- Sonic Everywhere Pack (17 Sonic PC games) – $18.74
- Aliens: Colonial Marines – $1.99
- Company of Heroes – $1.49
So, what are you picking up?
So, what are you picking up?
SEGA’s press site has released a batch of new screenshots for the upcoming Xbox One, PC, PlayStation 4, PlayStation 3, and Xbox 360 game Alien Isolation, developed by The Creative Assembly. Like previously released screens, we see a quiet and creepy setting in which you play as Ellen Ripley’s daughter Amanda trapped in isolation on a space station with the titular alien. Some cool elements on display are the electronics Amanda uses which double as the game’s HUD, clearly inspired by the 1979 film. After the break check out a full gallery of the latest screens! Alien Isolation is expected to release in the 4th quarter of 2014.
Ghostbusters for the SEGA Genesis is a game that holds a very special place in my heart. During Christmas 1991 I received my Model 1 SEGA Genesis with Sonic the Hedgehog bundled in, and from that point forward I was a SEGA fan. Owning a Genesis also meant that a whole world of games opened up to me, and since the console was a little over two years old, I spent much of 1992 buying up games I had missed out on. Buying games in the early ’90′s was tough. Nowadays we have instant access to the internet, so it’s easy to spot a game on the shelf, Google search reviews, and make the decision to purchase. Back in ’92 all I had to go by was the box art and the few screenshots provided on the back. Being a huge fan of both Teenage Mutant Ninja Turtles and Ghostbusters, it only made sense for me to seek out the Genesis titles those franchises provided, and boy did I strike gold.
Having just recently written about the history of Sonic’s many redesigns, it’s fitting that sketch comedy group BEASTS reached out to us to share a video they made on the creation of Sonic the Hedgehog. BEASTS member James McNicholas shared the following information with us:
Let’s face it: video games are weird. Those from the 80s and 90s are arguably weirdest of all — try explaining the logic behind Pac Man to someone whose never encountered it.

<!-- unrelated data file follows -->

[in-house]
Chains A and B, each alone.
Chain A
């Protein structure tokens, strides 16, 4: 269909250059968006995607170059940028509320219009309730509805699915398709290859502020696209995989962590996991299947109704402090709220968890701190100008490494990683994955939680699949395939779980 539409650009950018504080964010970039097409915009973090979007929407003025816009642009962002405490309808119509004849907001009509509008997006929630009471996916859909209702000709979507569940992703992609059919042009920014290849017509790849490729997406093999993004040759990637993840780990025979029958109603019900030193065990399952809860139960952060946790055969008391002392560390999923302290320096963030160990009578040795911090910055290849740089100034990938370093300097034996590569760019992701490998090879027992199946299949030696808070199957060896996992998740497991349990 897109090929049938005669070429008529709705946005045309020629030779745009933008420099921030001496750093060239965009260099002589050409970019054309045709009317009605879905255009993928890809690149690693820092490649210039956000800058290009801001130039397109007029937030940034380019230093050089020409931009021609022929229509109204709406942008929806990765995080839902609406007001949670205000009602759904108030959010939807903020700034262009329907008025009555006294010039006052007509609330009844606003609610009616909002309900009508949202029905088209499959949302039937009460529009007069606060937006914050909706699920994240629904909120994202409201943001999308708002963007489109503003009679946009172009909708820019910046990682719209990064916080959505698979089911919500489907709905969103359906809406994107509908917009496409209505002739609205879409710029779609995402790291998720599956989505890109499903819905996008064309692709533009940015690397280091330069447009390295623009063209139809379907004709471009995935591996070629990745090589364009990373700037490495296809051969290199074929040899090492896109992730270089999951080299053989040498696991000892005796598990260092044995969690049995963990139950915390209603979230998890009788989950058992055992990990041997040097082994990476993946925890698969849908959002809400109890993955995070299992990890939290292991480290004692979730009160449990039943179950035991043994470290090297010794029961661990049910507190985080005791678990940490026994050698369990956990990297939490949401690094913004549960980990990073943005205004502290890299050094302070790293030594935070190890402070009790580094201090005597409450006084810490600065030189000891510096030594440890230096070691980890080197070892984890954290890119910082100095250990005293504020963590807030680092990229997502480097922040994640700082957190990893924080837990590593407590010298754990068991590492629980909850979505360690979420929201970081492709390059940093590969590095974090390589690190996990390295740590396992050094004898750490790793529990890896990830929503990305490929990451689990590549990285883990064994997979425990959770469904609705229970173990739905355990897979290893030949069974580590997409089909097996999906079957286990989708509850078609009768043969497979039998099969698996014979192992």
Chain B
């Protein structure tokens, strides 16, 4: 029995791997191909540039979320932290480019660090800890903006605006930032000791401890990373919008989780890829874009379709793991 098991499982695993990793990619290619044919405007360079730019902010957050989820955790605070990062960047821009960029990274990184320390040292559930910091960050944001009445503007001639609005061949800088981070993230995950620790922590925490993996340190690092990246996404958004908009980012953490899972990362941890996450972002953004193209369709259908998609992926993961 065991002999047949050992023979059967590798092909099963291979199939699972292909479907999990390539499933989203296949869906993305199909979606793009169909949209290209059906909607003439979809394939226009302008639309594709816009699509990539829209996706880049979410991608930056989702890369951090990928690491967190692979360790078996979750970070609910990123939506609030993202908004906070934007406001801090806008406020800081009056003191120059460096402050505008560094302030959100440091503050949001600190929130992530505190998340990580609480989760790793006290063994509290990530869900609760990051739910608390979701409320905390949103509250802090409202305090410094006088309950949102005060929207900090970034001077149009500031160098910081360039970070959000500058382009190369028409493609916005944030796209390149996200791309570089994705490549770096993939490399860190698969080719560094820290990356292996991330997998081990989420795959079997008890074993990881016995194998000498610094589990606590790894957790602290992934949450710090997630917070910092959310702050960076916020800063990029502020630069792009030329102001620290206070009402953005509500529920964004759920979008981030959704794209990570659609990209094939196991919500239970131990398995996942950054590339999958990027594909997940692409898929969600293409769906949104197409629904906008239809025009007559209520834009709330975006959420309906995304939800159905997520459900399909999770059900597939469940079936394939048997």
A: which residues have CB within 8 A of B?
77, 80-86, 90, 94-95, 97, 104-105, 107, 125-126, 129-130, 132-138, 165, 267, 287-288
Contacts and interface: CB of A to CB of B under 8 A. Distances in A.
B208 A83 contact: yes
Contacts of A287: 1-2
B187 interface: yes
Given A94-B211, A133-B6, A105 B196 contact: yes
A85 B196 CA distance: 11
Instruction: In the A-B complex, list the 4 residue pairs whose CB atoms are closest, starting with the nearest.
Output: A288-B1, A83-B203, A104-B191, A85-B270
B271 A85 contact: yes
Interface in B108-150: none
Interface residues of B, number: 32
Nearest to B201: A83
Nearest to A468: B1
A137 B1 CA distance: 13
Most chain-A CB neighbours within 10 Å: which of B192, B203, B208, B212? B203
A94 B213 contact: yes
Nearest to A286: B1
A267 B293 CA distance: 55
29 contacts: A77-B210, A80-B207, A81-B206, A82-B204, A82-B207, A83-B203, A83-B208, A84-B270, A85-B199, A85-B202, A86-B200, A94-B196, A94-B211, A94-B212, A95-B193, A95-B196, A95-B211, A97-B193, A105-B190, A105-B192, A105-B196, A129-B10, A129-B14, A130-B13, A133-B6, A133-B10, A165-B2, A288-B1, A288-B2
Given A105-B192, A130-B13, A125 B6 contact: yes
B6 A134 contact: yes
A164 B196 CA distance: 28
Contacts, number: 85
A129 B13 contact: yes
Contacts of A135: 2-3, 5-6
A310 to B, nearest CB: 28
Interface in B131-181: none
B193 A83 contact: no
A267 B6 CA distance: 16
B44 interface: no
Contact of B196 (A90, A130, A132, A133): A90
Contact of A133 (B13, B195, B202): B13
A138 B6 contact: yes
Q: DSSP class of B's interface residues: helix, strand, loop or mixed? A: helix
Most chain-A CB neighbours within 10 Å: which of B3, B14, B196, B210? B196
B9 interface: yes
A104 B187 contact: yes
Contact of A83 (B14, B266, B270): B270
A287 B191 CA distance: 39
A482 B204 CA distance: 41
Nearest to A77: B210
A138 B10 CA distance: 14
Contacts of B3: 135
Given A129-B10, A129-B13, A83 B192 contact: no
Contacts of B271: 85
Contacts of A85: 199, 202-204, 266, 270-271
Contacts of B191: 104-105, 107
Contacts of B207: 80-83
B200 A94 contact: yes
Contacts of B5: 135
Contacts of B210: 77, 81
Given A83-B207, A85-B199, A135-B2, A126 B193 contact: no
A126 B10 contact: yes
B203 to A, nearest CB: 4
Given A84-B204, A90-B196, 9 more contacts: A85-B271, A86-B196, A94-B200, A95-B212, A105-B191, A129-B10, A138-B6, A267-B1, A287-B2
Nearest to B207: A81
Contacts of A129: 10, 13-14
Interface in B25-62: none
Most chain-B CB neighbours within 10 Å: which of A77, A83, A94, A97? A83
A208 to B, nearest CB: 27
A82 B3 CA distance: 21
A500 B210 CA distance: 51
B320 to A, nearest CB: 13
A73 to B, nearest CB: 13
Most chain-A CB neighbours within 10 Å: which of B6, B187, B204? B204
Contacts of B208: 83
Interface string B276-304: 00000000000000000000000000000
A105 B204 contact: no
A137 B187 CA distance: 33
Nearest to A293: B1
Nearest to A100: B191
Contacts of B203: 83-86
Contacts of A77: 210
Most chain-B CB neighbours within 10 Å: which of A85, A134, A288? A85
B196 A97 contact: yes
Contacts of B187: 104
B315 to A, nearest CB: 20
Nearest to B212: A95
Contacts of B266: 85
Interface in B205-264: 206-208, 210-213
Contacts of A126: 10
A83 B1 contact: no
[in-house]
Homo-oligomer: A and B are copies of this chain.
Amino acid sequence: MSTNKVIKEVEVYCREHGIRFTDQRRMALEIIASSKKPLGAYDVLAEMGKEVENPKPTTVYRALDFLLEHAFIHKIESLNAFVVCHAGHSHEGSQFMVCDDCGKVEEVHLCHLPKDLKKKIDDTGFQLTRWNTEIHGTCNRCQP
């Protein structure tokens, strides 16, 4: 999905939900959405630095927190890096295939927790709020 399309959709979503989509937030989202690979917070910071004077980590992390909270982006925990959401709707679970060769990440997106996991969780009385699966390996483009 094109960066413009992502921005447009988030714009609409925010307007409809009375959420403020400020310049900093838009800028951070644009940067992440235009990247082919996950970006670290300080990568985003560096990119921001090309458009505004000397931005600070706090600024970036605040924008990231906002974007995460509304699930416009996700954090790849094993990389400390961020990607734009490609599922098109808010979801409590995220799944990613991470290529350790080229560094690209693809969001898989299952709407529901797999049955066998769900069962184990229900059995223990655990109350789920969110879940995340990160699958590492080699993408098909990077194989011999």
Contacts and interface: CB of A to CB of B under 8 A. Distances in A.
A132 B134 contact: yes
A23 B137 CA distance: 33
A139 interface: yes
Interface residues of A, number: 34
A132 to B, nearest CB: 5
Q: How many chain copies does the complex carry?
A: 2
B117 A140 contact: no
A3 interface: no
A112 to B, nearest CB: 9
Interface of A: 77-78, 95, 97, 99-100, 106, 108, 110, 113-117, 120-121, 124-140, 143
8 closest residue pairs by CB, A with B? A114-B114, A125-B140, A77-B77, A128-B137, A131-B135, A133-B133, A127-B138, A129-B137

Few games make less sense than Sonic The Hedgehog, with its blue rodents, gold rings and magic emeralds. Fortunately, sketch group BEASTS have stumbled upon this footage of SEGA’s planning meeting for the original Sonic. Hope you like it!
BEASTS are comprised of Ciaran Dowd, James McNicholas and Owen Roberts. They’ve been going for two years, and have two sold-out runs at the Edinburgh Festival under our belts. You can find nice things that other journalists have said about them here (they don’t put the nasty ones up). They’re also over on Twitter @BEASTScomedy.
As regards the sketch itself, you’ll notice two of the characters are named Yuji and Naoto – an allusion to messrs Naka and Oshima. “Mr. Needlemouse”, as you’re probably aware, was the name given to the prototype for the Sonic character on Naoto Oshima’s early concept art.
Thanks to BEASTS for reaching out to us and sharing their work!
Via Polygon comes news that the SEGA Genesis shooter Steel Empire, also known as Empire of Steel in Europe and Koutetsu Teikoku (鋼鉄帝国) in Japan, is set for a Nintendo 3DS release later this month. Members from the original development team, HOT-B, reformed to create Starfish which will be publishing the 3DS remake. Mebuis is in charge of remaking the game. Steel Empire is expected to release at the end of the month as a 2,940 yen eShop download.
Yoshinori Satake, former Hot-B lead game designer, is currently working on a sequel to the original game, entitled Burning Steel.
In the early 90s SEGA was in a pretty good place. They had finally managed to break through Nintendo’s monopoly over the market, Sonic was a hit and the Genesis was on top. Even so, the Genesis’s position was still precarious. By 1992 the Genesis was four years old and its age was beginning to show. The SNES was beginning to really show off its superior graphics and sound capabilities and the incredible Mode 7 effect on display in Mario Kart was out of the Genesis’s reach (at least, until the release of Pier Solar twenty years later).
So how does SEGA respond? With awesome marketing of course! Marketing that brags about the one thing that the Genesis can do better than the Super Nintendo: speed. What makes this ad even more spectacular is how it takes Mario Kart, the SNES’s most impressive looking game at the time, and compares it to a broken down jalopy. That takes some serious balls.